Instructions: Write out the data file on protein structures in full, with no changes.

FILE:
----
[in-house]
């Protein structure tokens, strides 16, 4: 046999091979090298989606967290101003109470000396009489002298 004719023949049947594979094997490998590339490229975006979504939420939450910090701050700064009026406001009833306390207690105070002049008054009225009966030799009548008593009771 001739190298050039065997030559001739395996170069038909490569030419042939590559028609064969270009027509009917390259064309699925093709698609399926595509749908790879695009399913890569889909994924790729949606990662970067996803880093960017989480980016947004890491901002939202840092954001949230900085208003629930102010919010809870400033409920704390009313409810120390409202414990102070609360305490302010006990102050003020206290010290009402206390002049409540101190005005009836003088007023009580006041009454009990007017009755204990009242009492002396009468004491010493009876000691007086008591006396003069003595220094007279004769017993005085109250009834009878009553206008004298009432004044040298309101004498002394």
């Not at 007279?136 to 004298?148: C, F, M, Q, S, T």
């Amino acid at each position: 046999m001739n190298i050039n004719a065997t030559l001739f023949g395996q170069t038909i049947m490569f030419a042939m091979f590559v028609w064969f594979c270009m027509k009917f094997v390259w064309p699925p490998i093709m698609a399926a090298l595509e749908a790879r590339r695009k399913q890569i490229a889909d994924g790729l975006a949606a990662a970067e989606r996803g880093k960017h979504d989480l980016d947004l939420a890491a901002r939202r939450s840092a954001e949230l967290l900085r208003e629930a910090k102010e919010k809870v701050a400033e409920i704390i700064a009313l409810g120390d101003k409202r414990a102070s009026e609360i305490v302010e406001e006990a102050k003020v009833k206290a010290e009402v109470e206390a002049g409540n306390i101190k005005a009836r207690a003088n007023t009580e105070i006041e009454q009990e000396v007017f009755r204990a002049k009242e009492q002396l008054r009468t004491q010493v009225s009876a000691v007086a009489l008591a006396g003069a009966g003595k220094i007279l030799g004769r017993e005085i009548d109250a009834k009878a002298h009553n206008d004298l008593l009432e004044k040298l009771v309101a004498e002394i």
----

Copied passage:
[in-house]
């Protein structure tokens, strides 16, 4: 046999091979090298989606967290101003109470000396009489002298 004719023949049947594979094997490998590339490229975006979504939420939450910090701050700064009026406001009833306390207690105070002049008054009225009966030799009548008593009771 001739190298050039065997030559001739395996170069038909490569030419042939590559028609064969270009027509009917390259064309699925093709698609399926595509749908790879695009399913890569889909994924790729949606990662970067996803880093960017989480980016947004890491901002939202840092954001949230900085208003629930102010919010809870400033409920704390009313409810120390409202414990102070609360305490302010006990102050003020206290010290009402206390002049409540101190005005009836003088007023009580006041009454009990007017009755204990009242009492002396009468004491010493009876000691007086008591006396003069003595220094007279004769017993005085109250009834009878009553206008004298009432004044040298309101004498002394």
């Not at 007279?136 to 004298?148: C, F, M, Q, S, T």
């Amino acid at each position: 046999m001739n190298i050039n004719a065997t030559l001739f023949g395996q170069t038909i049947m490569f030419a042939m091979f590559v028609w064969f594979c270009m027509k009917f094997v390259w064309p699925p490998i093709m698609a399926a090298l595509e749908a790879r590339r695009k399913q890569i490229a889909d994924g790729l975006a949606a990662a970067e989606r996803g880093k960017h979504d989480l980016d947004l939420a890491a901002r939202r939450s840092a954001e949230l967290l900085r208003e629930a910090k102010e919010k809870v701050a400033e409920i704390i700064a009313l409810g120390d101003k409202r414990a102070s009026e609360i305490v302010e406001e006990a102050k003020v009833k206290a010290e009402v109470e206390a002049g409540n306390i101190k005005a009836r207690a003088n007023t009580e105070i006041e009454q009990e000396v007017f009755r204990a002049k009242e009492q002396l008054r009468t004491q010493v009225s009876a000691v007086a009489l008591a006396g003069a009966g003595k220094i007279l030799g004769r017993e005085i009548d109250a009834k009878a002298h009553n206008d004298l008593l009432e004044k040298l009771v309101a004498e002394i």